This decade, the ad campaigns that mattered did more than just try to sell stuff.
If there's a thread connecting the most memorable campaigns of the last 10 years, it's that big risks can pay off. Campaigns like Coca-Cola's "It's Beautiful" or Procter & Gamble's "#LikeAGirl" tried — and succeeded — in changing cultural conversation.
Here are some of the marketing campaigns that helped define the marketing and advertising world during this decade and continue to have an impact today.
What does it mean to do something like a girl? In 2014, a three-minute video from Procter & Gamble's menstrual hygiene brand Always asked a series of young people to act out various activities "like a girl." The young adult women and men flail their arms ridiculously or coif their hair as they pretend to run.
Then, the question is posed to younger children, who interpret it in a completely different way. When asked, "What does it mean to run like a girl?" one answers, "It means means run fast as you can."
A 60-second version of the video, done with Publicis Groupe's Leo Burnett, marked the brand's Super Bowl debut, and it kicked off a cultural phenomenon. The three-minute version of the YouTube video has nearly 68 million views today.
"This is the type of campaign you put in a time capsule to give future generations a read on gender stereotypes in the 2010s," said John Osborn, the CEO of Omnicom Group media agency OMD USA. "In taking a phrase that people have used often, and used without thinking about what we were really saying, it transcended any one brand or product to create a much needed conversation around gender stereotyping."
It also felt personal, Osborn added.
"As much as this appealed to me on a professional level, it also really struck a chord for me as a father," he said. "It made me ask myself if I've ever put limits on my daughter because of her gender. That kind of reaction is the gold standard for a great campaign."
Scott Goodson, CEO of cultural movement firm StrawberryFrog, added that the campaign had the quality of galvanizing people to do something.
"It's relevant and provocative and full of meaning," he said.
Credit card company American Express started the "Small Business Saturday" campaign in the dregs of a recession in November 2010. The company said it started the movement "to encourage people to Shop Small and bring more holiday shopping to small businesses."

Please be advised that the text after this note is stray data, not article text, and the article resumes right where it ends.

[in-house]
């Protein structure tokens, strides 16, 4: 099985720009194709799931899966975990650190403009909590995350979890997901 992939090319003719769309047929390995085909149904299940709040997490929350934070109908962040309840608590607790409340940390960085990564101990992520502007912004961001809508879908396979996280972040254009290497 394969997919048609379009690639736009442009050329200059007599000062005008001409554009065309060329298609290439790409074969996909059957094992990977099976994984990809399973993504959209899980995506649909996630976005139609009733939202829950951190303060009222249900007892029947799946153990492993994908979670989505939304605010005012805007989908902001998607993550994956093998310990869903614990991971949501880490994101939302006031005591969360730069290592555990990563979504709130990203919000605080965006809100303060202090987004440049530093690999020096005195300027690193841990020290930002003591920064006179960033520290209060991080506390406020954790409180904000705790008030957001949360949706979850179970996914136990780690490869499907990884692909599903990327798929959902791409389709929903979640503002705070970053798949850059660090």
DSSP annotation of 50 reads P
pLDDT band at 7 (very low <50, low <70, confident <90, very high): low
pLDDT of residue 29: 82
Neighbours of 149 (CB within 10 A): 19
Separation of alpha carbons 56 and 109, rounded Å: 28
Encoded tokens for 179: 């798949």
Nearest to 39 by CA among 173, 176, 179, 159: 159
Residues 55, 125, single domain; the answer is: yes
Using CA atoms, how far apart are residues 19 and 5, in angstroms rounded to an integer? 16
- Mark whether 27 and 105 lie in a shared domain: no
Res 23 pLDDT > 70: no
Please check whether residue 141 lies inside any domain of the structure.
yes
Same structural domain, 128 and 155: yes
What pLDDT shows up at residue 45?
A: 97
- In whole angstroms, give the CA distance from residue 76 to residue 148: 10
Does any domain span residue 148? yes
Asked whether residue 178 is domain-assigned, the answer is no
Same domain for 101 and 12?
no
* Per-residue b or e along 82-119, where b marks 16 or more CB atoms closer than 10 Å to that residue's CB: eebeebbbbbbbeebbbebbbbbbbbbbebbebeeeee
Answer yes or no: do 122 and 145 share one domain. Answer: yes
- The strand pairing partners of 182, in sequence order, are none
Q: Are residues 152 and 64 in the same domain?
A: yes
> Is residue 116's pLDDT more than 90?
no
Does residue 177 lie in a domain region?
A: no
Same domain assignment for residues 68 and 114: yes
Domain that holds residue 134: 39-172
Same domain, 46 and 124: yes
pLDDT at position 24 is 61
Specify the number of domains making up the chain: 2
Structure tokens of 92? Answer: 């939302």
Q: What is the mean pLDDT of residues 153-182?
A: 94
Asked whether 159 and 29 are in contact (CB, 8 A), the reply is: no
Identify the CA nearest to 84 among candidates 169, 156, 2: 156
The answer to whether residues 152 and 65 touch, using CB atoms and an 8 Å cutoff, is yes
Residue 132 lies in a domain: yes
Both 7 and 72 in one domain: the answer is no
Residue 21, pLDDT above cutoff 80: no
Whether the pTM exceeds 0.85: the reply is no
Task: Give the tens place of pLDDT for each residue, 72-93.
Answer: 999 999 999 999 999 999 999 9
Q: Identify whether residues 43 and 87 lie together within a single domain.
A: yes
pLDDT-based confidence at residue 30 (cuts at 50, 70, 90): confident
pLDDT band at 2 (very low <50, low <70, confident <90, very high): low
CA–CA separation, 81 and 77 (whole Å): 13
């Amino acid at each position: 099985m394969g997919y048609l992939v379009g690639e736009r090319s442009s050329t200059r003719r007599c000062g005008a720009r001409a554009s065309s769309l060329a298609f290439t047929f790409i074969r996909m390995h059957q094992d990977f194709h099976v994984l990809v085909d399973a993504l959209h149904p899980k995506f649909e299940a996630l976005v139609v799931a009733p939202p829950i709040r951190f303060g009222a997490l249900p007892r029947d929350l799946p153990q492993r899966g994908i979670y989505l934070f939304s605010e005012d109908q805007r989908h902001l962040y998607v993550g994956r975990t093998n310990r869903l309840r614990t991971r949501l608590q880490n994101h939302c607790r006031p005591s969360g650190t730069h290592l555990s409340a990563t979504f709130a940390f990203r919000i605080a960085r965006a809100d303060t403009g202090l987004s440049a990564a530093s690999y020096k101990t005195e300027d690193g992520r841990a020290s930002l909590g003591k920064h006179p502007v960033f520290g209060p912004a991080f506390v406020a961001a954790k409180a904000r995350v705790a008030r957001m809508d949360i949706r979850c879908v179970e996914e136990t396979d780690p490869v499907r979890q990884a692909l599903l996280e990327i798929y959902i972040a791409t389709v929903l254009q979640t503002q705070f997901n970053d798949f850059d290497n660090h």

It became official in 2011, when the Senate passed a resolution.
Now a veritable shopping holiday (celebrated even by former President Barack Obama) with name recognition that borders on Black Friday and Cyber Monday, the campaign transcended a company and a moment. American Express estimates Small Business Saturday spending has reached $103 billion since the day it began.
Goodson said Small Business Saturday "took a stand for Main Street and small business, folks who never have any support and who find themselves in the direct line of fire from the Amazons of the world," he said. "Amex SBS is purpose marketing that works inside small companies and among consumers — inside out. It takes the boring traditional credit card advertising approach and turns it into activism and a movement that millions want to join."
Generally speaking, brands like to keep their distance from politics. But in 2017, outdoor apparel company Patagonia changed the homepage of its website to display a sinister message: "The President Stole Your Land." It continued: "In an illegal move, the president just reduced the size of Bears Ears and Grand Staircase-Escalante National Monuments. This is the largest elimination of protected land in American history."
The company said it also planned to sue the Trump administration over the matter.
"Not only did they cater to their target, but they didn't lose the others," said Kristen Cavallo, CEO of The Martin Agency, which is owned by Interpublic Group of Cos. She said though the message created a lot of drama, it probably helped pave the way for Nike and Wieden & Kennedy's "Dream Crazy" campaign with Colin Kaepernick.
"They put everything on the line for their values, and they risked everything, and they didn't lose," she said. "That actually became a case study; that clients could take much bigger risks without the fear of so much backlash."
Burger King had perhaps the most dramatic brand turnaround of the decade, from the edge of death to the center of the cultural zeitgeist.